Ideas for improved FM reception

Guys [+girls?],
I’m new to the list. I joined because I do research in signal
processing
(speech recognition) and I have the idea
that it ought to be possible to use statistical signal processing to get
much better FM radio reception than a normal tuner.
I basically want to process the quadrature output (the 2 signals that
you
get out after multiplying by sin + cos and
lopass filtering) in a different way, not just doing atan but doing a
bunch
of predictive modeling at that stage, assuming
the signal is a mix of multiple stations + noise, and trying to separate
the
signals out.
I want to ask this list two things:
(1) is anyone aware of anyone having tried something like this in the
past
(or know what search
terms I might use to find this out), and
(2) Could anyone give me to work with, the sampled output at the
quadrature
stage (I assume this would be something
like 2 synchronized .wav or a stereo .wav file (does it support
stereo?),
sampled at quite a high frequency).
Dan

Martin D. schrieb am 2007-12-07 18:28:

The second thing I want to do is detecting if multiple transmitters (at different locations and frequencies) transmit the same radiostation.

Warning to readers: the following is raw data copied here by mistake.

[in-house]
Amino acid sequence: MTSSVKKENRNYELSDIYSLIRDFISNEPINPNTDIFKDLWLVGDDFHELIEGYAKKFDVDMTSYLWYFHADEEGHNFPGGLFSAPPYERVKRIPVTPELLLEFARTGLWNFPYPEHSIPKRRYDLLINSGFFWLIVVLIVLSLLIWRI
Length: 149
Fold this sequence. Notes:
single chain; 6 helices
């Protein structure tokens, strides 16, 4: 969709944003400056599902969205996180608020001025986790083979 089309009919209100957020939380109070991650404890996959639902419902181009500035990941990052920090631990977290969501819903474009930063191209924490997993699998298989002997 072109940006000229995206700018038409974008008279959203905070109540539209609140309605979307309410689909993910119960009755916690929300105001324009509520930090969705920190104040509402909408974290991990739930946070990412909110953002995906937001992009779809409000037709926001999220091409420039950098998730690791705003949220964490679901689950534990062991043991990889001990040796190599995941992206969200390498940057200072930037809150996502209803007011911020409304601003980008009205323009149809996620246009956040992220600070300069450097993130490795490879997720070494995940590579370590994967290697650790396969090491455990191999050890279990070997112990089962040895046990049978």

With a single tuner I can capture all these signals at the same time.

Provided they are within 8 or 16MHz.

Then do a correlation to get there phase and time relationship.
And then smartly combine them to get better signal quality.

Clever boy!

Do you have in mind that RD(B)S transmits “alternative frequencies”?
This is a feature to enable seamless frequency switch for mobile users
(cars). Never thought of it to use it simultaneously.
This would spare you a lot of correlation.

Do you have some code already?

Patrick

Engineers motto: cheap, good, fast: choose any two
Patrick S.
Student of Telematik, Techn. University Graz, Austria

Daniel Povey wrote:

signals out.
I want to ask this list two things:
(1) is anyone aware of anyone having tried something like this in the past
(or know what search
terms I might use to find this out), and
I am working on an optimized FM receiver for gnuradio.
At the moment my main concern is getting the processing load down.
But I am also going to implement improvements in quality.
The first thing I am going to implement is implementing MIMO.
That is, using multiple tuners to get signals from multiple antennas and
combine these signals to get a better signal quality.
(Phase array)

The second thing I want to do is detecting if multiple transmitters (at
different locations and frequencies) transmit the same radiostation.
With a single tuner I can capture all these signals at the same time.
Then do a correlation to get there phase and time relationship.
And then smartly combine them to get better signal quality.
The simplest thing to do is lineup the signals (phase and time shift)
and add them up.
A better approuch would be to do some statistical analisis like you
described.

This can be done both before and after frequency demodulation.
I don’t know yet which one will give better results.

Your approuch sounds interesting.
Unfortunately I am not a statisticus aor signal modeling expert, but I